Facts Everyone Should Know About The Amazon and Its Destruction

We’ve all heard of the Amazon rainforest, most likely in school during a talk on South America, and/or plant and animal species. But, our understanding of the importance of this ecosystem usually dissipates after we leave those classrooms.

The Amazon is the world’s largest rainforest, found in the South American countries of Colombia, Venezuela, Guyana, Suriname, French Guiana, Ecuador, Brazil, Peru, and Bolivia. It is also home to about 30 million people, and supplies the earth with endless gifts, including food, wildlife, healing plants, and 20% of the world’s fresh water.

Perhaps knowing information like this on how vital the Amazon rainforest is, and what consumerism, rampant meat eating, and a lack of regard for the planet is doing to it, would help environmental change happen faster. That’s why we are sharing 10 things that everyone should know about the Amazon rainforest and it’s destruction.

Trees in the Amazon

Trees are necessary to this planet. Besides being beautiful, they serve a lot of uses, including providing shelter to animals, lowering temperatures, cleaning the air, and providing oxygen to the earth. And there are a lot of trees, despite the problem with deforestation. In fact, there are said to be as many trees on Earth as there are stars in the Milky Way (3 trillion trees to about 400 billion stars).

Number of Species in the Amazon

In addition to an abundance of trees that are in danger in the Amazon, there are also many plants, and animals that roam among them. There are about 1,300 bird species, 2.5 million species of insects, 3,000 types of fish, 430 mammals, and 40,000 plant species in the Amazon rainforest. 70% of the plants that are used for treating cancer are only found here.

The Clearing of Rainforests


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There is a lot of rainforest in the Amazon, but at the speed at which it is being deforested, it is constantly in a state of depletion. This is the same forest that absorbs 2 billion tons of carbon dioxide per year, helping to prevent climate change. 20% of the rainforest is already gone, and deforestation rips away 20,000 square miles on a yearly basis.

Cattle Ranching and Deforestation

Cattle ranching is the biggest cause for deforestation (80%) in the Amazon rainforest. The land is burned and cleared, to use as pasture for cattle, destroying healthy trees in the process. The cattle also release greenhouse gases (methane, nitrous oxide, and carbon dioxide), that further contribute to global warming. In addition to damaging the rainforest, this clearing and planting of herds allow people to lay claim to the land the herd is on.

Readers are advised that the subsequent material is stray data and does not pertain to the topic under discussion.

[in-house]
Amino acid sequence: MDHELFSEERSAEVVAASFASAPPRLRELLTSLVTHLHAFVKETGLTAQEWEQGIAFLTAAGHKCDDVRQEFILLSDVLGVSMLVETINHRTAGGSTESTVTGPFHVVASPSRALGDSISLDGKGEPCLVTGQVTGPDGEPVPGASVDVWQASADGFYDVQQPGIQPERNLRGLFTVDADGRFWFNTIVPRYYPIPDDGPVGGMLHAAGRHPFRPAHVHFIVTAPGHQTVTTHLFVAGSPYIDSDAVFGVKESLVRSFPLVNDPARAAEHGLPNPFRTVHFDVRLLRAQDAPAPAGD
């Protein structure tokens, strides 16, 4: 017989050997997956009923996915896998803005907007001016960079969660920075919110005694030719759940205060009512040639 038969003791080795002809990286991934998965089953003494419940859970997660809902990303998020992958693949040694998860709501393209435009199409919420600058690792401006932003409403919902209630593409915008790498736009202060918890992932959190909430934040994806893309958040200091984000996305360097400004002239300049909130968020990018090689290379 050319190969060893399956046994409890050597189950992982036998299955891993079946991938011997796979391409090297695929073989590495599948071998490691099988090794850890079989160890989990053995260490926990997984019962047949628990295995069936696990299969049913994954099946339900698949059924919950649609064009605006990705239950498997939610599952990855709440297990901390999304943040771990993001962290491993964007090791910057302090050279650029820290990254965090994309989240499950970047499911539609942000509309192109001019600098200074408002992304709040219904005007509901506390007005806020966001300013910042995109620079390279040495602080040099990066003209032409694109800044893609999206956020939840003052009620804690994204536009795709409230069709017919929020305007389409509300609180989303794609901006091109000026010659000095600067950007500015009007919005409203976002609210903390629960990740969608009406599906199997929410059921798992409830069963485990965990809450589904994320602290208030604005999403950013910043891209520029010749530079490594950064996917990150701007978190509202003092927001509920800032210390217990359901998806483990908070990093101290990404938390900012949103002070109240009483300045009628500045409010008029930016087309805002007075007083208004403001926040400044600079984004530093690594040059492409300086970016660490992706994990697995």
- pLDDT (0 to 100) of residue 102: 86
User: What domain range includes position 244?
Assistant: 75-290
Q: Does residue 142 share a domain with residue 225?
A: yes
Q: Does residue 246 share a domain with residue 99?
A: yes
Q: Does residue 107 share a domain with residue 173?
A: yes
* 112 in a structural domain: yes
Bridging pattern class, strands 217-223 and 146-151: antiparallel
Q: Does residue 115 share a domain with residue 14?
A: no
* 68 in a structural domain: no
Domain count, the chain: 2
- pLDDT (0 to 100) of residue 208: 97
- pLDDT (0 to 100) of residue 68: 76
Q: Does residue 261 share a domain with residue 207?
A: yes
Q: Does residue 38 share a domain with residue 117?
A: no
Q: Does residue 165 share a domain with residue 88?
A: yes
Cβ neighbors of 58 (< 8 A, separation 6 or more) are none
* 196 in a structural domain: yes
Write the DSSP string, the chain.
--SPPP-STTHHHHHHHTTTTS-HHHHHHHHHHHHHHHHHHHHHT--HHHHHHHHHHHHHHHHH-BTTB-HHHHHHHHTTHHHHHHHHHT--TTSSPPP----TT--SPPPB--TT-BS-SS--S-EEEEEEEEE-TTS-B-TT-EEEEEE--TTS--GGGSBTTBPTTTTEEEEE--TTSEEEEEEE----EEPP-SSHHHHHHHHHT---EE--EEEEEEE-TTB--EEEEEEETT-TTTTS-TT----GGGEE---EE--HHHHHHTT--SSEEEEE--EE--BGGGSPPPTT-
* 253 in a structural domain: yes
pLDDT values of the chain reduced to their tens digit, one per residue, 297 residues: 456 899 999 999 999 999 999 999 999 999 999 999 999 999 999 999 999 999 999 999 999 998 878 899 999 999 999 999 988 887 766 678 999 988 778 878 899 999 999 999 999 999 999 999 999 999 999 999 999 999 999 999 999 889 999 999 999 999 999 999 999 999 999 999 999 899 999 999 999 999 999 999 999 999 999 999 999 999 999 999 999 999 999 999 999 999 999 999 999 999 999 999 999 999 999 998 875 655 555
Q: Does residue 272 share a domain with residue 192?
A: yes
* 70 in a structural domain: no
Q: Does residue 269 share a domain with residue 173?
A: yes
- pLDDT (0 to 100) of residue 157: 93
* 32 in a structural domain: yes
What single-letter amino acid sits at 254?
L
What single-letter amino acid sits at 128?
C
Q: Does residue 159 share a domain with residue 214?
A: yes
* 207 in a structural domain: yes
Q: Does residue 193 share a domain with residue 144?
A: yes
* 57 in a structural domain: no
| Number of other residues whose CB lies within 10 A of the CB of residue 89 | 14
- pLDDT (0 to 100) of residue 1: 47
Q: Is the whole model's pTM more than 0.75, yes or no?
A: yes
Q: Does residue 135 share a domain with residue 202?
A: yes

The People of the Amazon


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Of course, the Amazon has beautiful flora and fauna, but it is most importantly the home of over 30 million people. The rainforest of South America hosts between 400 and 500 different tribes, with about 50 of those never having had contact with the outside world.

Food Originating in Rainforests

Photo: Mocomi

In addition to knowing what is in your food, it is important to know where your food comes from. If people knew that around 80% of the food we consume came from the rainforests, then perhaps we would be more alarmed at its destruction, and have more incentive to save it.

Alternatives to Cutting Down Trees

The cutting down of trees will no doubt continue, but there are alternatives that will help slow this process down. You can thrift wood products, as to not be part of the demand for new wooden goods; consume less in general; repurpose wood products you already have; and more. When you remember that wood comes from a living tree, you can learn to appreciate it more, and not be so quick to discard it.

How You Can Help

Although the current damage to the Amazon rainforest is devastating, there are ways that you can do your part to help this global problem. You can such things as shopping secondhand; shopping local; eating less meat, or going vegetarian or vegan; investing in energy-efficient appliances; planting a tree, recycling; reusing what you can, and using less energy. Also, donating to organizations fighting for the Amazon, and against global warming will also help in a big way.

The Takeaway

The biggest takeaway from all these facts on the Amazon rainforest is that we aren’t just protecting the people of this South American ecosystem. By protecting the rainforest, we are protecting the entire earth. This recognition of how connected everyone, and everything is, will help us to be more invested in helping outside of what is in our own backyard–for the greater good.

V. Alexandra de F. Szoenyi is a writer at BoldLatina, Refinery29, LatinaMedia.co, and Mission Local. Her work focuses primarily on fashion, beauty, and Latinx culture. She has also written on San Francisco for a number of publications including the San Francisco Examiner, Bob Cut Mag, 7x7, and The Bold Italic. Alex recently co-founded the Latina Writers community.